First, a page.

Donald F. White’s new book – “Always End with the Beginning in Mind”
Donald F. White’s new book, Always End with the Beginning in Mind: How Firms Remain Great After the Founder Exits, isn’t wholly original in what it promotes, but it’s certainly more effective in how it says it to the reader. Many people in high-ranking entrepreneurial and corporate leadership roles have a hard time making, in a slight paraphrase of Jamie Foxx, the ‘common man feel good about himself’ and in the spirit of that, ‘make the common man feel capable of achieving his level’.
ABOUT THE AUTHOR: https://www.donaldfwhite.com/
After all, as White brilliantly reminds us time and time again in the pages, the high-ranking entrepreneur or CEO started off as the common man. And in many ways, retaining the profundity of being a human being first and a business professional second is proving not to be antithetical to maintaining the longevity of your business. Through dynamic, personal, and even at times deeply moving specific examples of White’s own evolution through the workplace, that of his friends, co-workers, and colleagues – sometimes against unthinkable adversity – White shows that being a true leader in your field mandates a constant sense of the juxtaposed world around you hopefully consuming your product the most. After all, how many corporate leaders can you name who don’t focus as much on how to rise to the highest echelons of power, and instead highlight the importance of knowing when to pass the baton? It’s an uncommonly generous and insightful philosophy that instantly makes Always End with the Beginning in Mind stand out amidst its peers in their respective non-fiction sub-genre.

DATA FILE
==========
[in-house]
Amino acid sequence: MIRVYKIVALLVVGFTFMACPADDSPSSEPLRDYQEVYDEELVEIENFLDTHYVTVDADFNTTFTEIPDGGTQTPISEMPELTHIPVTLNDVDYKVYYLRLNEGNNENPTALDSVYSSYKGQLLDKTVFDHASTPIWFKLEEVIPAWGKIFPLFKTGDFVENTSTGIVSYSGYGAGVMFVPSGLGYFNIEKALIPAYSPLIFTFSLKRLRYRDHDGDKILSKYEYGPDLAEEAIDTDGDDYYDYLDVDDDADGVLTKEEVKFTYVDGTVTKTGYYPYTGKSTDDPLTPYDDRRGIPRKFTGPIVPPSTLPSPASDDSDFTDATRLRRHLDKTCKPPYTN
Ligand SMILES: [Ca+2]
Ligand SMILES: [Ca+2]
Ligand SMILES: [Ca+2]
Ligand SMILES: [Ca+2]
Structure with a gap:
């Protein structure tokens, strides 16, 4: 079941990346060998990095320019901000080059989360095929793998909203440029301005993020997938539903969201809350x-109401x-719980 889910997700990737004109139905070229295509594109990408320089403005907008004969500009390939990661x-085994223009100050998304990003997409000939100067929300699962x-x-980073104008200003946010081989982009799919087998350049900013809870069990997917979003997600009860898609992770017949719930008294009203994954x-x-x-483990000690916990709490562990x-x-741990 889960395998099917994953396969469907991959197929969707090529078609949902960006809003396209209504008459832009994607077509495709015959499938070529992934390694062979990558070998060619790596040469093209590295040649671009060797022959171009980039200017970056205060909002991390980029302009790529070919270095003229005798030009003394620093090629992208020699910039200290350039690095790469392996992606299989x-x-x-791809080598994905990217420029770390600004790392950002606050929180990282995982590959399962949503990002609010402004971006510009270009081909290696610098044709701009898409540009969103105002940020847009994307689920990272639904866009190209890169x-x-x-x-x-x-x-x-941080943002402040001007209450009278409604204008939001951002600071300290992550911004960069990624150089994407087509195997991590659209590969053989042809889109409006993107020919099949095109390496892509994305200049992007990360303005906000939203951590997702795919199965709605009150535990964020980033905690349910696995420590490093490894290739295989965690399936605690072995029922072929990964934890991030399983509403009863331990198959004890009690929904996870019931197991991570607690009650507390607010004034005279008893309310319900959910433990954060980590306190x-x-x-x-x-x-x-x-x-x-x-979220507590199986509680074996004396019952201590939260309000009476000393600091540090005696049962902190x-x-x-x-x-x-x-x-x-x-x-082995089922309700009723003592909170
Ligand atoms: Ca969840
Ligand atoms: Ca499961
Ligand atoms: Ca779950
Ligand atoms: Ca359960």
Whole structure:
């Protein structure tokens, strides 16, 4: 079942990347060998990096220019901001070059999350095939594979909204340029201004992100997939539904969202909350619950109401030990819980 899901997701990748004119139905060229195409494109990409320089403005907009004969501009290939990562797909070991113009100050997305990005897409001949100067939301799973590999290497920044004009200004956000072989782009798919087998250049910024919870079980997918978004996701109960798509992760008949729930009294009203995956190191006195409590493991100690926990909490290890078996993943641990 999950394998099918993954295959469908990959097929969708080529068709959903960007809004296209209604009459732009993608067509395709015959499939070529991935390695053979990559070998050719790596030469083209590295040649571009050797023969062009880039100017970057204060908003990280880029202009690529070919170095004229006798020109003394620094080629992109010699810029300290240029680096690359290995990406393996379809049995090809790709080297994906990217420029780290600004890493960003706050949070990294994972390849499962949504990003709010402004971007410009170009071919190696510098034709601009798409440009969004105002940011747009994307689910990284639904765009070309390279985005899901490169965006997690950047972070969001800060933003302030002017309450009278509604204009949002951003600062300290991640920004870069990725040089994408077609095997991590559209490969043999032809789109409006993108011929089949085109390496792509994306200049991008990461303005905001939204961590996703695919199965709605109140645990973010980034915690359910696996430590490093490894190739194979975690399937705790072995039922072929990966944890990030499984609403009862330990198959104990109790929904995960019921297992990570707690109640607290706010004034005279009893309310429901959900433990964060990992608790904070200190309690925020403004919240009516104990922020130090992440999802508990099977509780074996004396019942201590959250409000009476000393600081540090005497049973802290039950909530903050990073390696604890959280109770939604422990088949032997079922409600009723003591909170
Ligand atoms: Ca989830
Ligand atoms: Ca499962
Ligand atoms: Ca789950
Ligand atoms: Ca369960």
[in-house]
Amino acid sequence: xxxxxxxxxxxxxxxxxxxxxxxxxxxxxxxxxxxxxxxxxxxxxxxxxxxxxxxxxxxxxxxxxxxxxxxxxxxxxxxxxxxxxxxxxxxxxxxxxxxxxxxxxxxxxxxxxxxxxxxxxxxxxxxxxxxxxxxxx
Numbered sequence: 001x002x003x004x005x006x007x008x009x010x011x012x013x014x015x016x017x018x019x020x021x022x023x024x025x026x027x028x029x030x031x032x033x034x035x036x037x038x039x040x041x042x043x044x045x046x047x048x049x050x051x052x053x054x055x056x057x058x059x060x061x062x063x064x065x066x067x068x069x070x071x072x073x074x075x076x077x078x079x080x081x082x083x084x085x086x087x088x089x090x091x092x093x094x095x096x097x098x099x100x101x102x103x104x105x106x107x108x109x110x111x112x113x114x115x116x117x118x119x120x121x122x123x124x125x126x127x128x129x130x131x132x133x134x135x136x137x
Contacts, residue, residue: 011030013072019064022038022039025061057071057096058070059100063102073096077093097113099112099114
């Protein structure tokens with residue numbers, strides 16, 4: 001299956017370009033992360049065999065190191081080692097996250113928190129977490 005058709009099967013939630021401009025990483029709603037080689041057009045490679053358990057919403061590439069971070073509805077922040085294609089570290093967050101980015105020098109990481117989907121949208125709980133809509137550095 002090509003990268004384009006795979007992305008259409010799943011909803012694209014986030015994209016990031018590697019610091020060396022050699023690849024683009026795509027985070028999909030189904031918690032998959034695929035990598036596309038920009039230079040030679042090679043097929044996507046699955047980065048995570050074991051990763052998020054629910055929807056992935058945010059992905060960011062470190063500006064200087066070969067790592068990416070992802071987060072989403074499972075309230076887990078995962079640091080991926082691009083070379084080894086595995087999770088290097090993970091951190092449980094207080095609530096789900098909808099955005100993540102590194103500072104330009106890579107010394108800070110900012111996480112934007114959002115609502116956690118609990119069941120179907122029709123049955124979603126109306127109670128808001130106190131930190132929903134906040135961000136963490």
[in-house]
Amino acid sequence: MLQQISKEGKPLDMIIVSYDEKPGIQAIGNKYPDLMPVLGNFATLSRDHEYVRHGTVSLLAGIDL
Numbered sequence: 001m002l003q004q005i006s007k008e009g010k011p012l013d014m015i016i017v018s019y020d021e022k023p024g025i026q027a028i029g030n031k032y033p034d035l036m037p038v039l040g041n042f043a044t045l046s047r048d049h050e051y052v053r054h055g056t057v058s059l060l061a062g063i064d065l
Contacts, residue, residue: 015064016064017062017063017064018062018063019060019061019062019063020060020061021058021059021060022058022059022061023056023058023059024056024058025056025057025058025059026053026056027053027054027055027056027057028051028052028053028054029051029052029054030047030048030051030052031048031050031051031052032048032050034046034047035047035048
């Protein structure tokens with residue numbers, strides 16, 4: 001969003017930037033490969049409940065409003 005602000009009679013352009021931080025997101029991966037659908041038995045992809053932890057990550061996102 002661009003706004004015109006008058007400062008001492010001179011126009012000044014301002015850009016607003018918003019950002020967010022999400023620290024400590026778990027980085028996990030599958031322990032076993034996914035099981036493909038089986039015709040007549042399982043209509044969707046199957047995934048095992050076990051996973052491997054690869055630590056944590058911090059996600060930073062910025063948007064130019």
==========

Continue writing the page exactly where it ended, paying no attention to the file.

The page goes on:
White’s faith is also something that makes Always End stand out. He’s not apologetic about it, and shows that such a mindset coupled with the colder, crueler world of business is entirely compatible. He even makes fairly expansive and exclusive concepts understandable to the reader by way of specific, Christian examples – a particular standout being Moses and Joshua. If Moses, in the analogy presented by White, formed the ‘people’ (i.e. the business), it was Joshua who understood how to guide it to the ‘promised land’ (i.e. bring said business to a platform ensuring it lucrative, commercial appeal).
He also highlights Joshua’s awareness of the timeless concept power corrupts, and the insertion of Christian values simultaneously highlights this danger as well. After all, maintaining a belief in a higher power when you are at the top of your immediate world should serve as something of a doorstop to full-blown egomania. Few seem able to withstand this, but if we are to believe White is the same man depicted within these pages, he’s a worthy and highly successful exception. Someone who models admirable norms in their conduct both in and out of the office, therefore making obsolete the idea that good character and productivity have to be mutually exclusive.
All in all, I’d highly recommend Always End with the Beginning in Mind: How Firms Remain Great After the Founder Exits to just about anyone, in any professional walk of life. It cuts through the proverbial haze and makes its points clearly and succinctly. Amen to that!